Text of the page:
Here the resource name is the name of your Form Recognizer resource, Ocp-Apim-Subscription-Key is the key of that service, you can use key1 or key2. And in the Request body, edit the source property with your SAS URL. Then hit the send button. Now if everything goes well, you should get the output as below.

Form Recognize Train Model Output

Please make a note of the modelId from the result, as we will use this in our Flow. If you are getting the error ” No valid blobs found in the specified Azure blob container”, then most probably it is because of the source filter we apply in the Request body, just remove that and hit the send button again.

  "error": {
    "code": "2024",
    "innerError": {
      "requestId": "78df3a9b-ae2c-47a7-900c-8fa78f5a5a15"
    "message": "No valid blobs found in the specified Azure blob container."
Request body without source filter applied

You can also try out the different API calls like “Get Models”, “Get Model”, etc. As that is not relevant to this article, I am not going to try them. The one thing to notice here is that the more you train, the more accurate the result will be.

Set up the Flow

If you are not sure about how you can create a flow, please look at the “Create a Flow” section here. Once you have the basic flow with the connector “When a file is created”, we can initialize our variables which we are going to use later.

String Variables in Flow

One variable is to save the content type of the file we get and the other is to save the result of the Form Recognize Analyze API. Let’s move on to the next step now.

Set the content type to string variables

As you can see that the Flow is just like the programming tasks we do, we can use if, if-else, switch and many more. Try out these functions in your Flow when you get time.

So now we have a dynamic value in our contenttype variable. Let’s add the Analyze Form task, just search for the “Form Recognizer” and then select the action Analyze Form.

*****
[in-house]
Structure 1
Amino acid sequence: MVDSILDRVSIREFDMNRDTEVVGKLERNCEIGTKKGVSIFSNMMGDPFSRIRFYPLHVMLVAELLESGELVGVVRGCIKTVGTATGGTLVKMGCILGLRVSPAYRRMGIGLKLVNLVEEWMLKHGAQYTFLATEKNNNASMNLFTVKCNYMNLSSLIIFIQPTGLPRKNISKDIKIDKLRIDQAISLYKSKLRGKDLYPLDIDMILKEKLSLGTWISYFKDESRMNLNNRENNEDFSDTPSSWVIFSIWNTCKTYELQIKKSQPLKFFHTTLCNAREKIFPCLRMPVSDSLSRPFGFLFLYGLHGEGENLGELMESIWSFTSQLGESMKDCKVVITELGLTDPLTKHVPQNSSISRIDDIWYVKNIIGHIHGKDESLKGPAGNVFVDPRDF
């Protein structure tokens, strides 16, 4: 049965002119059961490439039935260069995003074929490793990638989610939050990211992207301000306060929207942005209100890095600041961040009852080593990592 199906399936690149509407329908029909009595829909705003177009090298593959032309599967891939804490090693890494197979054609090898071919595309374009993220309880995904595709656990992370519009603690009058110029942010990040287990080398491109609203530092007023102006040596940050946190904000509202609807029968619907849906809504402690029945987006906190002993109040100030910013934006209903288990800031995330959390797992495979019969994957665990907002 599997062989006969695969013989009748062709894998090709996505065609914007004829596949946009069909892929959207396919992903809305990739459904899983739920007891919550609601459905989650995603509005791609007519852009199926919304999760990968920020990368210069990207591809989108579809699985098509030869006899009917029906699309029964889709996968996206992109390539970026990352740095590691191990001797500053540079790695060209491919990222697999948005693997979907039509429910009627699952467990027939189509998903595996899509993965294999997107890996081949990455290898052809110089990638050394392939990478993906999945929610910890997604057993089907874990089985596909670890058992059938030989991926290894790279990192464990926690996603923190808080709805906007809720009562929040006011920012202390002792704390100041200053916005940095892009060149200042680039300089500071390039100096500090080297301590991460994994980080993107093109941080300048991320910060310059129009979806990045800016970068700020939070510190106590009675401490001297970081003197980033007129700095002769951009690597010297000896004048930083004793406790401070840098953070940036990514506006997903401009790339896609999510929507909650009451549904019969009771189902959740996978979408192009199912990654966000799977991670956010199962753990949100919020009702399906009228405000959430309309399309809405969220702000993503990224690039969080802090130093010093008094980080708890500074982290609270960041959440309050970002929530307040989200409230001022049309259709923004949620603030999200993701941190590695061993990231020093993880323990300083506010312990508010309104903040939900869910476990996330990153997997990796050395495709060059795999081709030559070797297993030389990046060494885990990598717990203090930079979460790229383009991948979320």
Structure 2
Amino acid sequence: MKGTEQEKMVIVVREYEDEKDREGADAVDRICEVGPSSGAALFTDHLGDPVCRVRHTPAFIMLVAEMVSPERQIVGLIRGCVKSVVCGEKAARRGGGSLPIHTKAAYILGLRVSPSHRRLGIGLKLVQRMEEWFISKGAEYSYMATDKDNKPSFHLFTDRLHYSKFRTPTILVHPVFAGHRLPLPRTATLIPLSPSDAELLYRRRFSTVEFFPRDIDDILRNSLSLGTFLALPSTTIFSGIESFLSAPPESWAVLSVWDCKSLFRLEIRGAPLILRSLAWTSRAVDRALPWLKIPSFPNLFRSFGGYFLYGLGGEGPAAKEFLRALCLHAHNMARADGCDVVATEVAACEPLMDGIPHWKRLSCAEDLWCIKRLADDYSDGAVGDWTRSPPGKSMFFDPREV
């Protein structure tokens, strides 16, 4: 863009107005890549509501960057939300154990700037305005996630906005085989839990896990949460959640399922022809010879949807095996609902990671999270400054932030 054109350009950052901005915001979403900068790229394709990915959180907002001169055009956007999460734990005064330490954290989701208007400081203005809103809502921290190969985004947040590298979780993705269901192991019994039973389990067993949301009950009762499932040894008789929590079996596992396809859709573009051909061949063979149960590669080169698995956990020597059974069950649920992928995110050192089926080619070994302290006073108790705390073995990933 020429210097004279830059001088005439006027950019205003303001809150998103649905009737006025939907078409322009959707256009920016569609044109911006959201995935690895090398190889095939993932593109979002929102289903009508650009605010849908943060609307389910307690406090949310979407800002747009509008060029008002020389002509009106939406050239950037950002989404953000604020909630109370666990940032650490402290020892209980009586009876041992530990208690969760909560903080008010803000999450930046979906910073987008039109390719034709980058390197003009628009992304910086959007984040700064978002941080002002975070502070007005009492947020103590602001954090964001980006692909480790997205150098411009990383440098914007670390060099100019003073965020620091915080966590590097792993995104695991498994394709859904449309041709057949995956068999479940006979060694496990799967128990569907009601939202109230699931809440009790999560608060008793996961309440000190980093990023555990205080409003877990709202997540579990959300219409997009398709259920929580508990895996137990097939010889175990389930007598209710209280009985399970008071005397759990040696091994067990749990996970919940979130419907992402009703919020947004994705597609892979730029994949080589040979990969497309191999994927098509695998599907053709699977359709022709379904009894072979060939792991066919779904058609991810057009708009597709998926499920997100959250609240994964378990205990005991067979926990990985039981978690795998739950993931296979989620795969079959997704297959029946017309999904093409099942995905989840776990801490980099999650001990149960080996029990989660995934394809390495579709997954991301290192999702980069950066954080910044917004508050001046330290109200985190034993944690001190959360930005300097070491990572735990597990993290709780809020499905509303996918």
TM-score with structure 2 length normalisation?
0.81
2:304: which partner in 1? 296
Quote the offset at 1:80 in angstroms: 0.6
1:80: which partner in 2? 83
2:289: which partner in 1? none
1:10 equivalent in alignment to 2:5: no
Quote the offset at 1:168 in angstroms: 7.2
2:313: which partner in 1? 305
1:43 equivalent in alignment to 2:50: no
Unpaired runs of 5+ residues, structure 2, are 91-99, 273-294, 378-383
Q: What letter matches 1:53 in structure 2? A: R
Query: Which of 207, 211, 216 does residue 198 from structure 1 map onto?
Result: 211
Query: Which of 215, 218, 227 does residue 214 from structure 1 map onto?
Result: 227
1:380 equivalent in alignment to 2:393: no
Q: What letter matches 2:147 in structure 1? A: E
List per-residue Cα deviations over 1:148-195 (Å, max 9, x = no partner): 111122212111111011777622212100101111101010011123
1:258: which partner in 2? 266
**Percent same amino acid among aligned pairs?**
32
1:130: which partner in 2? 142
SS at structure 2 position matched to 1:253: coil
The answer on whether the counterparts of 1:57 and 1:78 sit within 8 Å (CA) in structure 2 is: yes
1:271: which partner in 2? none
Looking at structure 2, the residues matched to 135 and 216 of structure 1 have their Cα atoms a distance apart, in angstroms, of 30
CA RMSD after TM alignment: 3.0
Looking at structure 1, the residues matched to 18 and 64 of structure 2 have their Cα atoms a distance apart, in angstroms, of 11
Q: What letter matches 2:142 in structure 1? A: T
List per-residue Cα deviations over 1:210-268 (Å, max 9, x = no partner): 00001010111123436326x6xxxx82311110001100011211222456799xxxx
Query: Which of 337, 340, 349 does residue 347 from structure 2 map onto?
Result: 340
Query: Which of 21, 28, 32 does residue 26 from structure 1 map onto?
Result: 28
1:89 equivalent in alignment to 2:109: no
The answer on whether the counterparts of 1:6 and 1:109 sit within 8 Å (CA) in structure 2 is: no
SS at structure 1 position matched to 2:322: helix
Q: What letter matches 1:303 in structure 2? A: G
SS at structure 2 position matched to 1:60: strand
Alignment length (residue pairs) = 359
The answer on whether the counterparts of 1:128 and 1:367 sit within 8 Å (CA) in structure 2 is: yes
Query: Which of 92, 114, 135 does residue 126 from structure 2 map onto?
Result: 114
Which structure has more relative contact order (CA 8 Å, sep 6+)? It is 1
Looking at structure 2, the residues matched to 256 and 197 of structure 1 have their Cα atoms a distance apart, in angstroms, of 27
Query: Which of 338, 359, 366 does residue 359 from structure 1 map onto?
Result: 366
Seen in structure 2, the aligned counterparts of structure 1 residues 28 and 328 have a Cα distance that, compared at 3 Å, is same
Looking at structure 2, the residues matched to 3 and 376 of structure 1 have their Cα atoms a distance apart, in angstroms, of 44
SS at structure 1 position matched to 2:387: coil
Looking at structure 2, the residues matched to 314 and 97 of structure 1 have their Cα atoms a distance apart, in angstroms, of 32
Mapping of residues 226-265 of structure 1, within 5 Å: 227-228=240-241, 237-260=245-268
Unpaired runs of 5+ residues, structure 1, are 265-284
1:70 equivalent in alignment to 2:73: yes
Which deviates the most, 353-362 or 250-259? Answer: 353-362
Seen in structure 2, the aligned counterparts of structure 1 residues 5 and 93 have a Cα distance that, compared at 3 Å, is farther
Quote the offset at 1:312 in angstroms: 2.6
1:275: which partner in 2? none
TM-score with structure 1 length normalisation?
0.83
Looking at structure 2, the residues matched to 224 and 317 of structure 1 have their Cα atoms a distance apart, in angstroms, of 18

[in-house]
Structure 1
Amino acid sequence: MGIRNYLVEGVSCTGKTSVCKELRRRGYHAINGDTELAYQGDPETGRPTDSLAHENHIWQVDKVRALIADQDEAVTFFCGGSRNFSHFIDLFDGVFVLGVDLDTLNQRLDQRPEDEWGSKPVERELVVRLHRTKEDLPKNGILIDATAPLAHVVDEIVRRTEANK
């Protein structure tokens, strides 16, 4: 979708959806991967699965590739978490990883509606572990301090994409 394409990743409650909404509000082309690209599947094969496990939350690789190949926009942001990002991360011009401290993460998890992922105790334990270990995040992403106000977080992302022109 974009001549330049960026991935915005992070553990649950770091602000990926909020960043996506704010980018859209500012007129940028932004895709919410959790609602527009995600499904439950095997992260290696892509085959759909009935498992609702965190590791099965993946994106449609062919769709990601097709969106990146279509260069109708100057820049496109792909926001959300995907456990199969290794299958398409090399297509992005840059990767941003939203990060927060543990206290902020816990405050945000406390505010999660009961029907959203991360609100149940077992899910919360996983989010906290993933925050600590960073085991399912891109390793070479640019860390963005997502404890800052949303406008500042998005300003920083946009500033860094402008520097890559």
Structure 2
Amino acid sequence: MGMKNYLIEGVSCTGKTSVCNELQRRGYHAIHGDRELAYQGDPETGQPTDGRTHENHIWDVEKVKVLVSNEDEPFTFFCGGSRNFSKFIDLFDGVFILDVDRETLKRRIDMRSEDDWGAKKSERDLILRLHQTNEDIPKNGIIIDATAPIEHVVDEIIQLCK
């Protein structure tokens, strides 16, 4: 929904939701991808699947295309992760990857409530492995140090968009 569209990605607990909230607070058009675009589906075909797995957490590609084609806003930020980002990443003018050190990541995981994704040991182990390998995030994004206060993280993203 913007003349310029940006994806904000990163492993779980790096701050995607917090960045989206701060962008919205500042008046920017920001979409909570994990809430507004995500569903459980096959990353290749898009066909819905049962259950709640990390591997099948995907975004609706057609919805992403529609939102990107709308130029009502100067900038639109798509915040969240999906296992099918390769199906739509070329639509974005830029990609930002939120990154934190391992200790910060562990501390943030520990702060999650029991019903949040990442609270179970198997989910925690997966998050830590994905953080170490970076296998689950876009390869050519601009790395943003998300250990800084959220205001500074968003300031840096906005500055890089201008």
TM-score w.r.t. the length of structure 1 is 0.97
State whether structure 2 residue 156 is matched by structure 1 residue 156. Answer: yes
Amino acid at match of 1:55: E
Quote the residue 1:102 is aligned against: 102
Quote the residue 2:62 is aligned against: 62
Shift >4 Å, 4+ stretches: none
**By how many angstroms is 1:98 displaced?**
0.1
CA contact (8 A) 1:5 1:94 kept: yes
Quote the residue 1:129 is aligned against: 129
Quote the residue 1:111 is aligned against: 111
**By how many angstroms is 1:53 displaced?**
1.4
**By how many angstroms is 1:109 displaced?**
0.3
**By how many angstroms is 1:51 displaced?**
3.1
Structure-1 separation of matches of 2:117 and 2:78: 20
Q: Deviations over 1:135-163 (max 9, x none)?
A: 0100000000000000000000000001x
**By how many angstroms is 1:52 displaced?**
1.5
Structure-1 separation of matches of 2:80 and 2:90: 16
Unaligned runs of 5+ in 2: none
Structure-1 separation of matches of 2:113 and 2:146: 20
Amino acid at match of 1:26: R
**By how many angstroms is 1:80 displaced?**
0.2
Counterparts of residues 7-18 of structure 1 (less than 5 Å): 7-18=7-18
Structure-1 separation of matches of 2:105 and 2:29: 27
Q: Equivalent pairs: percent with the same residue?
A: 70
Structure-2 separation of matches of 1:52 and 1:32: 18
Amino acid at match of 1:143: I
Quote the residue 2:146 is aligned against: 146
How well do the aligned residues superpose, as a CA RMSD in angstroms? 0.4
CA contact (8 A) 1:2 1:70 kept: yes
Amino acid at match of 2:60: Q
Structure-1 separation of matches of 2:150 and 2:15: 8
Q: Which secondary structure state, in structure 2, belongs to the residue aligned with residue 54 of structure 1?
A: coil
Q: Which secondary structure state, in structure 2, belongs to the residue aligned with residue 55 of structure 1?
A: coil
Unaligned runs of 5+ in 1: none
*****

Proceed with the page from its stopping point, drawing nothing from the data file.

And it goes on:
Analyze Form in Flow

Now it will ask for you to enter the key of your Azure Form Recognizer, and a connection name. Once you give that, you can paste your modelId you got from the Train Model API call. In the end, this is how your Analyze Form action will look like.

Analyze Form Action

You can see that we use the contenttype string variable here. Now we can append the value of the Analyze Form result to our recogoutput variable. And in the next step, we can save this information to the Metadata field that we created earlier for the Document library. Sounds good?

Save the Form Recognizer output to Metadata

Now we are done with the Flow creation and if you wish you can send mails to the people about this conversion from the Scanned PDF to the Searchable PDF.

Send mail from Flow

Below are the full steps of my flow.

Full Steps of the Flow

Now we can test our flow. Cool right?

Test the Flow

To test, add a PDF document and an image to your Document Library and the flow will be triggered automatically. You can see the running status from the portal. Once the flow is run, you can see the result like below.

Analyze Form Action Result

Now just go back to your Document library and see the data in the Metadata column, this will be the Body data that we get from the Analyze Form action. Now the only thing pending is to do some search actions. Can’t wait to do that.

Sibeesh Passion Search Result
Microsoft MVP Search Result

Now try out with as many PDFs and Images you can, I will leave this to you.


Thanks a lot for staying with me for a long time and reading this article. I hope now you have learned about

  • creating Azure Form Recognizer
  • using Azure Form Recognizer to read text from PDF and Images
  • training Azure Form Recognizer
  • using Azure Storage Account
  • creating a flow in SharePoint online
  • creating the steps in Flow
  • use the connections in Flow
  • send mails from Flow

If you have learned anything else from this article, please let me know in the comment section.

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Your turn. What do you think?

Thanks a lot for reading. Did I miss anything that you may think which is needed in this article? Could you find this post useful? Kindly do not forget to share your feedback.

Kindest Regards
Sibeesh Venu